Nau mai, haere mai, welcome to EyeContact. You are invited to respond to reviews and contribute to discussion by registering to participate.

JH

Perkins’ Innovative Stretchers

AA
View Discussion
Oliver Perkins, Untitled, 2014, rabbit skin glue, ink, acrylic, tissue, pine and canvas, 470 x 330mm

Some of the dowel works appear to be crooked or lopsided with their central vertical line. So one wonders: did he have lapses and didn't notice? Is he goading the viewer, deliberately being irritating and provocative - in some 'edgy' avant-garde way that you will end up liking him for? Is he making a ‘mistake' deliberately for some wider philosophical or religious reason, like a Hopi sand painter or Afghani rug weaver? Or does he genuinely like the perturbation caused by the texture of some sand in the vaseline - a demurring formalist who somehow choreographs beauty through clenched teeth.

Auckland

 

Oliver Perkins
Armatures

 

15 May - 20 June 2015

This, Oliver Perkins’ second show at Hopkinson Mossman, carries on his investigations of canvas and stretcher, playing against the usual conventions of portable (but permanent) pigment support - his colour carefully chosen via acrylic and ink. With rectangular stretchers leaning against the wall inside carefully prepared outer canvas frames, or with one verso turned recto, or a taut top half with an added thick panel hidden underneath, or with a different same sized stretcher horizontally positioned on top of its vertical twin: Perkins delights in being playfully inventive.

Working in a more domestic sized scale in the tradition of Ellsworth Kelly, Leon Polk Smith or Richard Smith, this artist feels comfortable using only a couple of unmodulated hues, or a wider ranging assortment of randomly coloured patterns cut from the footprint stained and splattered dropcloth on the floor.

Besides also experimenting with physical edges and abrupt or concavely bevelled side profiles, he often makes good use of multi-coloured canvas collage cut from the before-mentioned tarpaulin and rearranged to look like comic panels, and centrally positioned (or not quite central), and vertical (or not quite vertical) lengths of dowel.

The point about the dowel is that Perkins plays on ambiguous interpretation. Some of the dowel works (as in his previous show) appear to be crooked or lopsided with their central vertical line. So one wonders: did he have lapses and didn’t notice? Is he goading the viewer, deliberately being irritating and provocative - in some ‘edgy’ avant-garde way that you will end up liking him for? Is he making a ‘mistake’ deliberately for some wider (cosmic) philosophical or religious reason, like a Hopi sand painter or Afghani rug weaver? Or does he genuinely like the perturbation caused by the texture of some sand in the vaseline, a fly in the ointment - a demurring formalist who somehow choreographs beauty through clenched teeth.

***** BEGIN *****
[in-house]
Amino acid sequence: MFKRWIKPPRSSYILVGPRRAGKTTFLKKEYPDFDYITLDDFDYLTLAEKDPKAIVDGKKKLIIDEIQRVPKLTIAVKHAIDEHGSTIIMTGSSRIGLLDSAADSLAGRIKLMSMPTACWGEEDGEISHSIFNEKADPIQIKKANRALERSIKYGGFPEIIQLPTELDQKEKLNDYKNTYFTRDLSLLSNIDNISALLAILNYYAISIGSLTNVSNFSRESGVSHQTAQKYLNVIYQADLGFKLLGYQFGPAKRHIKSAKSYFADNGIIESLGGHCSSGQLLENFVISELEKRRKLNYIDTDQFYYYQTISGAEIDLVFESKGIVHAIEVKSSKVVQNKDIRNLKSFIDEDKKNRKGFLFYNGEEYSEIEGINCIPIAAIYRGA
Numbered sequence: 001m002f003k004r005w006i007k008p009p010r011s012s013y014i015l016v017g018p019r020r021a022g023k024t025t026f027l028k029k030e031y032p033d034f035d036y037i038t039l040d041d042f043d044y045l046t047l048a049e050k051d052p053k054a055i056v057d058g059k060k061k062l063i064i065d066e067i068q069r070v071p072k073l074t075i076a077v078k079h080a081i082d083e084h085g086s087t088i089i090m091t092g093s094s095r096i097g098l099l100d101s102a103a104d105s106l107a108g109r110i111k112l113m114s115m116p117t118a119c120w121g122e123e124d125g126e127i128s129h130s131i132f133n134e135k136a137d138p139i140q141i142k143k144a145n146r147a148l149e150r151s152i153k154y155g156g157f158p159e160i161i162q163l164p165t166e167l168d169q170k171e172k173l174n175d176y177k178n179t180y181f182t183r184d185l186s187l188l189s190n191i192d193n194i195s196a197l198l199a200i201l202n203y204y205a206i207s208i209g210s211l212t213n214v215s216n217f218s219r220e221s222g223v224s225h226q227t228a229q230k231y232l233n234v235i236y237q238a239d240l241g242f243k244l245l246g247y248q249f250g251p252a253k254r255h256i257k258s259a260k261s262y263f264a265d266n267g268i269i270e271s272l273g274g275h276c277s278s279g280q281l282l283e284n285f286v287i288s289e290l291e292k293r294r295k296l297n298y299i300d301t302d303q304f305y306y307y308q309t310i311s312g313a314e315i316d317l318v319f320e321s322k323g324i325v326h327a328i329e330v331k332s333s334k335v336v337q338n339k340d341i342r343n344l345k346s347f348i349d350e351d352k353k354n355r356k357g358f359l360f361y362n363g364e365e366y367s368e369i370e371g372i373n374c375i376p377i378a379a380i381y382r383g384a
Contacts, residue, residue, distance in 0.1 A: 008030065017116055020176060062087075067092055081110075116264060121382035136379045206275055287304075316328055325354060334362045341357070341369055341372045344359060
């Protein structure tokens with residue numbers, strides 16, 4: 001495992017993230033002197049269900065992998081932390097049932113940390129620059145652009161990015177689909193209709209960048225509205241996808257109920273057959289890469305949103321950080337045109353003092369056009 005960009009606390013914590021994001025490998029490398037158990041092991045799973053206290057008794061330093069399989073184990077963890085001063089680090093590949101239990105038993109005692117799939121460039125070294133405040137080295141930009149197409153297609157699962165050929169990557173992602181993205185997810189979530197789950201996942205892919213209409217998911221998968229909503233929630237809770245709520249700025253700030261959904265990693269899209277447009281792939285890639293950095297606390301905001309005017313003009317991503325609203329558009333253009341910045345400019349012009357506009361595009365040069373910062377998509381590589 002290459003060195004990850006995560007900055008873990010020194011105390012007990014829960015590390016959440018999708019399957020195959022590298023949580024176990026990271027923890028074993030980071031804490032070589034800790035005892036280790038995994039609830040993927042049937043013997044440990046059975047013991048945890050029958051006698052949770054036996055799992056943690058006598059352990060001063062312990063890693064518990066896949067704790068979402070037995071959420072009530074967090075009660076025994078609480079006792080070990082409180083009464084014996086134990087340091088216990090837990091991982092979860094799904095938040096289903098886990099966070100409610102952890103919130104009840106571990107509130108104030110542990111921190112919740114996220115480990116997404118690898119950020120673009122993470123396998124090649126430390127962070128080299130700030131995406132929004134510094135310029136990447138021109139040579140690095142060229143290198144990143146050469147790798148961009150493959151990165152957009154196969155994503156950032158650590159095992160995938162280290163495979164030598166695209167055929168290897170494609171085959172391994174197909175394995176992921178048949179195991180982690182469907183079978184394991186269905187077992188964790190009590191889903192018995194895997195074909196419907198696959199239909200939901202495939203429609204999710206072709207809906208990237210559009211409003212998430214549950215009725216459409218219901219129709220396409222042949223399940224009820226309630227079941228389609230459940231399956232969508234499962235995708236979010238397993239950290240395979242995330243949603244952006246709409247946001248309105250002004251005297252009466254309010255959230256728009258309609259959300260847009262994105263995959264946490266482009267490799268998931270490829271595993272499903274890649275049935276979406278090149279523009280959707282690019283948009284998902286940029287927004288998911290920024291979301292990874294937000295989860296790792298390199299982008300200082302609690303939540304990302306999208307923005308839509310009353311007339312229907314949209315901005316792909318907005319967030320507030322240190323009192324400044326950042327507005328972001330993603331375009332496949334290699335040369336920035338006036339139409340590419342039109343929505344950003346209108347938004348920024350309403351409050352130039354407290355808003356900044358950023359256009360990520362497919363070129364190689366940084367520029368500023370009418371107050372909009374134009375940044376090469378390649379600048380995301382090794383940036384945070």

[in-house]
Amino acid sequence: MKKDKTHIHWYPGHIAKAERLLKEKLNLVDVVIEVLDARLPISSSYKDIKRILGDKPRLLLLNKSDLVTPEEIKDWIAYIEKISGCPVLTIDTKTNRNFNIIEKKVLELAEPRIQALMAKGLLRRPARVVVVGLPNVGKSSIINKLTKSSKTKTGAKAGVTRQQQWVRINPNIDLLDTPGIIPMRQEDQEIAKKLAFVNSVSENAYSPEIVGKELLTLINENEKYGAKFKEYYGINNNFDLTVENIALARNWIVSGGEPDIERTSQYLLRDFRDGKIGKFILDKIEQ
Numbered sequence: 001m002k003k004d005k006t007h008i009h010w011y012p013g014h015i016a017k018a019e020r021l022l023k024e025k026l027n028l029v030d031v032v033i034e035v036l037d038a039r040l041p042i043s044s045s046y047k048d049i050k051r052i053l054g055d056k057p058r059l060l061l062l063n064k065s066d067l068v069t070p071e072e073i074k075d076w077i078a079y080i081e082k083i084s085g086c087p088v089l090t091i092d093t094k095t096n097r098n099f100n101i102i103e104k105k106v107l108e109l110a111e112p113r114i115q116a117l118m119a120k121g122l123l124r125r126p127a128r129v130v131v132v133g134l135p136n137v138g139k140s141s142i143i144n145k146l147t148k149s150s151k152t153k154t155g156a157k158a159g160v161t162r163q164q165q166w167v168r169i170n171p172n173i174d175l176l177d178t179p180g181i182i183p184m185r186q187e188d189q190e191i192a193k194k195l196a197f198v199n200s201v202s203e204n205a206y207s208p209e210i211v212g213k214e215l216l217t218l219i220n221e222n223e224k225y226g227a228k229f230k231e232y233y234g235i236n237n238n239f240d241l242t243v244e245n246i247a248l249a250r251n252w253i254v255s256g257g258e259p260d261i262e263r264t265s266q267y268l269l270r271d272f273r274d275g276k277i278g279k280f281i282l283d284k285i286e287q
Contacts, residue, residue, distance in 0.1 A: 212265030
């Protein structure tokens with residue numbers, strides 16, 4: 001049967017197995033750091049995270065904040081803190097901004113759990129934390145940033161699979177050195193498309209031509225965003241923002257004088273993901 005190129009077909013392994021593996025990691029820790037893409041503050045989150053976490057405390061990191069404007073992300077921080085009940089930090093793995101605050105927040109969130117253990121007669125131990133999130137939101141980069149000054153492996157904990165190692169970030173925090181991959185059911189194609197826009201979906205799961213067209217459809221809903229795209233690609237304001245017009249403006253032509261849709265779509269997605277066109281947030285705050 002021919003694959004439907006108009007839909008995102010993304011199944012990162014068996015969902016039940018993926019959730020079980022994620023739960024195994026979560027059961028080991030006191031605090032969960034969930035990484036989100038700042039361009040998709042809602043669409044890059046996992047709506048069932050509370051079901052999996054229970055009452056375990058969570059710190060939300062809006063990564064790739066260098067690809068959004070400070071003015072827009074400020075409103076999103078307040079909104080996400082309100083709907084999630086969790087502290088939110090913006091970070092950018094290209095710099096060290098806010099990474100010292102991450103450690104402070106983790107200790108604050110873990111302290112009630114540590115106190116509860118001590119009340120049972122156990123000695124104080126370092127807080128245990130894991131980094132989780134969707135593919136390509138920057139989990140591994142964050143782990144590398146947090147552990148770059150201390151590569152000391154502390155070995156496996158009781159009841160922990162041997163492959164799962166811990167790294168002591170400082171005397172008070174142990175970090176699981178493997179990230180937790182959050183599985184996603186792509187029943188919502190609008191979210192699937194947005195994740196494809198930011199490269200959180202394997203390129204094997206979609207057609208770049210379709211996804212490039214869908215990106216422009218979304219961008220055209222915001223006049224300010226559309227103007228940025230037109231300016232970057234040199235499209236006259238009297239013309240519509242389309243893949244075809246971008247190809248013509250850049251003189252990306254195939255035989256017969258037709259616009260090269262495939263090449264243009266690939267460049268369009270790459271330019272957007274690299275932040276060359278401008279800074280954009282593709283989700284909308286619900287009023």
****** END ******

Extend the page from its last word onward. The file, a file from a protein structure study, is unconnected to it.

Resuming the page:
In his last presentation Perkins displayed a continuous line of same sized canvases that wound elegantly at head height around the perimeters of the two galleries. For this current show he exhibits a mixed combination of several sized canvases, trying out different scales. Personally I find it is the smallest of these, with delicate coloured marks, that have the most impact, items like Vessels (2015) and Birk (2014) that on a second visit I’m still really drawn to and am reluctant to leave. These patterns on the dropcloth, cleverly selected and cut out for the upper (non-monochrome) canvas, have an intricacy worthy of a Klee or Bissier.

Of the larger works - that often seem to refer to Ellsworth Kelly because of their monochromatic and diptych structure - the warm yellow and dark purple Untitled (2015) is particularly well resolved with its two surprisingly harmonious planes (aren’t complementary colours meant to grate?) that - enclosed in a dark frame - sing the pleasures of pure chromatic sensation and finely tweaked proportion. Chorister (2014), a middle sized work, plays on the leaned on surface of the wall and the splattered back of the outer wooden stretcher - through the use of the same cocoa brown for both panels.

Because of Perkins‘ range of painterly and relief explorations, this is an enjoyable show that allows you to methodically scrutinise each explorative and nuanced item over a couple of visits. They take time to absorb. Some of the best works - in my view - are the cheapest. A rich range of offerings.

John Hurrell

Print | Facebook | Twitter | Email

 

Recent Posts by John Hurrell

JH
Louise Stevenson, Someplace Else, 2021 (installation view), works on paper, 2000-2019, found materials, mixed media. Commissioned by Te Tuhi, Tāmaki Makaurau Auckland. Photo by Sam Hartnett

Delicate Stevenson Drawings

TE TUHI CENTRE FOR THE ARTS

Pakuranga


Louise Stevenson
Someplace Else


30 May - 22 August 2021

 

JH
Installation of Shaun Waugh's Encounter upstairs at Two Rooms. Photo: Sam Hartnett

Shaun Waugh’s Digital Grafting

TWO ROOMS

Auckland

 

Shaun Waugh
Encounter


4 June - 3 July 2021

JH
Bill Henson, Untitled 1985-86 #106 D, 1985-1986, archival inkjet pigment print, 128 × 100 cm

Henson’s Wondrous Light

Auckland

 

Solo show
Bill Henson: 1985 - 2021


21 May - 19 June 2021

JH
Shahriar Asdollah-Zadeh (with Anna Starr), Faith and Through the Looking Glass Diptych, 2021, pigment inks printed on 310 gsm Ilford Galerie Smooth Pearl, 628 x 830 x 48 mm (framed)

Mediating Symbols and Pure Sensation

TRISH CLARK GALLERY

Auckland

 

Shahriar Asdollah-Zadeh
Light Dot Colour

 

21 May - 26 June 2021